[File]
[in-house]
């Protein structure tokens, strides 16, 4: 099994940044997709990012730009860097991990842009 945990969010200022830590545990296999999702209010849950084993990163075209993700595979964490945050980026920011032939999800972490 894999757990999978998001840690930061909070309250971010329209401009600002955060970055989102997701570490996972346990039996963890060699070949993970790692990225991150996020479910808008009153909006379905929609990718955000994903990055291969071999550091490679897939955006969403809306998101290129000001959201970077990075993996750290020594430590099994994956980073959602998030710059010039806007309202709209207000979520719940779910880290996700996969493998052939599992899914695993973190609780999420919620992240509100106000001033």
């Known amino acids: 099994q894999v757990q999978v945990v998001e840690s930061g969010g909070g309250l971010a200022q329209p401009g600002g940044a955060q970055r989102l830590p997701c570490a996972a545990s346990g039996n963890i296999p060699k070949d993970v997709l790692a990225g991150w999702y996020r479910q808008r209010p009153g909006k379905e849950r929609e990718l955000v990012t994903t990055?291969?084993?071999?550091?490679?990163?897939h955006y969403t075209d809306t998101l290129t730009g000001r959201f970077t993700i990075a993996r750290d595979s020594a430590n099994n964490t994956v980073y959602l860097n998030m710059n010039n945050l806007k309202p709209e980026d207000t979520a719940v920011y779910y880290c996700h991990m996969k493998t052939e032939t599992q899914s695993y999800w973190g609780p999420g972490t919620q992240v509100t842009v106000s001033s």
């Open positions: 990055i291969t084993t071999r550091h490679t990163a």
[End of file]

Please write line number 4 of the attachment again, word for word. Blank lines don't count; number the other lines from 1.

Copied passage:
């Open positions: 990055i291969t084993t071999r550091h490679t990163a």